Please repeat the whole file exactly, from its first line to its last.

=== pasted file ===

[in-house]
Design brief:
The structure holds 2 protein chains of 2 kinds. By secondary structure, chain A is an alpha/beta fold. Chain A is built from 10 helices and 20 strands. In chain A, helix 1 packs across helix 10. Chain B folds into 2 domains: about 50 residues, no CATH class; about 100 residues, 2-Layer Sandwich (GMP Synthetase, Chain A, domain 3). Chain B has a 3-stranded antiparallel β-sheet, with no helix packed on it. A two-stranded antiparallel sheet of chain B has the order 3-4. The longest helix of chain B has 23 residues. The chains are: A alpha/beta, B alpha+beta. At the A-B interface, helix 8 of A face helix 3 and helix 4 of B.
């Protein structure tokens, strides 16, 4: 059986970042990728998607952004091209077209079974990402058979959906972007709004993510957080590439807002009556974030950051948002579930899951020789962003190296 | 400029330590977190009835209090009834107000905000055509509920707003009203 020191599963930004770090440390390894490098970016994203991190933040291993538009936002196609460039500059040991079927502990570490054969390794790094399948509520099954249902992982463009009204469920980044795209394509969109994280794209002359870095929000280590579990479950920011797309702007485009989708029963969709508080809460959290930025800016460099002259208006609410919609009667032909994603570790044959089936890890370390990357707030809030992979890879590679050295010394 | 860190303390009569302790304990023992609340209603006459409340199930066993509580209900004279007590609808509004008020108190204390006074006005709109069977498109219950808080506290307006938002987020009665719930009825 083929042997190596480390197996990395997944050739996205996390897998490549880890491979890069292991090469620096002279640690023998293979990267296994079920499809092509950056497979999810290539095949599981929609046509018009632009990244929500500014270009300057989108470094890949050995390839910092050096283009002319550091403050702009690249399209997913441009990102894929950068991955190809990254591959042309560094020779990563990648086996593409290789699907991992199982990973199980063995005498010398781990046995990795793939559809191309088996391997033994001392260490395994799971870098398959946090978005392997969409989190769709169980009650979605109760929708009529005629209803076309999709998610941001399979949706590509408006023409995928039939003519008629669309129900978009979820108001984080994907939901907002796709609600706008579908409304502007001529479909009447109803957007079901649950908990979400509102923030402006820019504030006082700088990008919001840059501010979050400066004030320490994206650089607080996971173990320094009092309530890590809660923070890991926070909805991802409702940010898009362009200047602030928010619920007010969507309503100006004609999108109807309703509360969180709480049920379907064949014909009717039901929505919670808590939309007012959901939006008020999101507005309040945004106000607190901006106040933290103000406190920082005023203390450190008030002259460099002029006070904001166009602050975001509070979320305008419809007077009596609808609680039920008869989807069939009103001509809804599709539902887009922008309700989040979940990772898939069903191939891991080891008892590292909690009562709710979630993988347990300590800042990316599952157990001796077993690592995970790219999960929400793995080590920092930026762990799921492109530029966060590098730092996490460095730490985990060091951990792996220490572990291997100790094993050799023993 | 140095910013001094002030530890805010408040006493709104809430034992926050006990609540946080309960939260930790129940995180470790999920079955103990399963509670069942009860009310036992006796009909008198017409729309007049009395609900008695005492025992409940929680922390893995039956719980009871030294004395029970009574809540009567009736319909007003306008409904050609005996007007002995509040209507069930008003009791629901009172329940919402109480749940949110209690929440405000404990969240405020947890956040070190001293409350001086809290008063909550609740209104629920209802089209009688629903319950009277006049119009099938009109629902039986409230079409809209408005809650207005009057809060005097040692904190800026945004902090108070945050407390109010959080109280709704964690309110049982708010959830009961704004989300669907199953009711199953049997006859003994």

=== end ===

[in-house]
Design brief:
The structure holds 2 protein chains of 2 kinds. By secondary structure, chain A is an alpha/beta fold. Chain A is built from 10 helices and 20 strands. In chain A, helix 1 packs across helix 10. Chain B folds into 2 domains: about 50 residues, no CATH class; about 100 residues, 2-Layer Sandwich (GMP Synthetase, Chain A, domain 3). Chain B has a 3-stranded antiparallel β-sheet, with no helix packed on it. A two-stranded antiparallel sheet of chain B has the order 3-4. The longest helix of chain B has 23 residues. The chains are: A alpha/beta, B alpha+beta. At the A-B interface, helix 8 of A face helix 3 and helix 4 of B.
């Protein structure tokens, strides 16, 4: 059986970042990728998607952004091209077209079974990402058979959906972007709004993510957080590439807002009556974030950051948002579930899951020789962003190296 | 400029330590977190009835209090009834107000905000055509509920707003009203 020191599963930004770090440390390894490098970016994203991190933040291993538009936002196609460039500059040991079927502990570490054969390794790094399948509520099954249902992982463009009204469920980044795209394509969109994280794209002359870095929000280590579990479950920011797309702007485009989708029963969709508080809460959290930025800016460099002259208006609410919609009667032909994603570790044959089936890890370390990357707030809030992979890879590679050295010394 | 860190303390009569302790304990023992609340209603006459409340199930066993509580209900004279007590609808509004008020108190204390006074006005709109069977498109219950808080506290307006938002987020009665719930009825 083929042997190596480390197996990395997944050739996205996390897998490549880890491979890069292991090469620096002279640690023998293979990267296994079920499809092509950056497979999810290539095949599981929609046509018009632009990244929500500014270009300057989108470094890949050995390839910092050096283009002319550091403050702009690249399209997913441009990102894929950068991955190809990254591959042309560094020779990563990648086996593409290789699907991992199982990973199980063995005498010398781990046995990795793939559809191309088996391997033994001392260490395994799971870098398959946090978005392997969409989190769709169980009650979605109760929708009529005629209803076309999709998610941001399979949706590509408006023409995928039939003519008629669309129900978009979820108001984080994907939901907002796709609600706008579908409304502007001529479909009447109803957007079901649950908990979400509102923030402006820019504030006082700088990008919001840059501010979050400066004030320490994206650089607080996971173990320094009092309530890590809660923070890991926070909805991802409702940010898009362009200047602030928010619920007010969507309503100006004609999108109807309703509360969180709480049920379907064949014909009717039901929505919670808590939309007012959901939006008020999101507005309040945004106000607190901006106040933290103000406190920082005023203390450190008030002259460099002029006070904001166009602050975001509070979320305008419809007077009596609808609680039920008869989807069939009103001509809804599709539902887009922008309700989040979940990772898939069903191939891991080891008892590292909690009562709710979630993988347990300590800042990316599952157990001796077993690592995970790219999960929400793995080590920092930026762990799921492109530029966060590098730092996490460095730490985990060091951990792996220490572990291997100790094993050799023993 | 140095910013001094002030530890805010408040006493709104809430034992926050006990609540946080309960939260930790129940995180470790999920079955103990399963509670069942009860009310036992006796009909008198017409729309007049009395609900008695005492025992409940929680922390893995039956719980009871030294004395029970009574809540009567009736319909007003306008409904050609005996007007002995509040209507069930008003009791629901009172329940919402109480749940949110209690929440405000404990969240405020947890956040070190001293409350001086809290008063909550609740209104629920209802089209009688629903319950009277006049119009099938009109629902039986409230079409809209408005809650207005009057809060005097040692904190800026945004902090108070945050407390109010959080109280709704964690309110049982708010959830009961704004989300669907199953009711199953049997006859003994």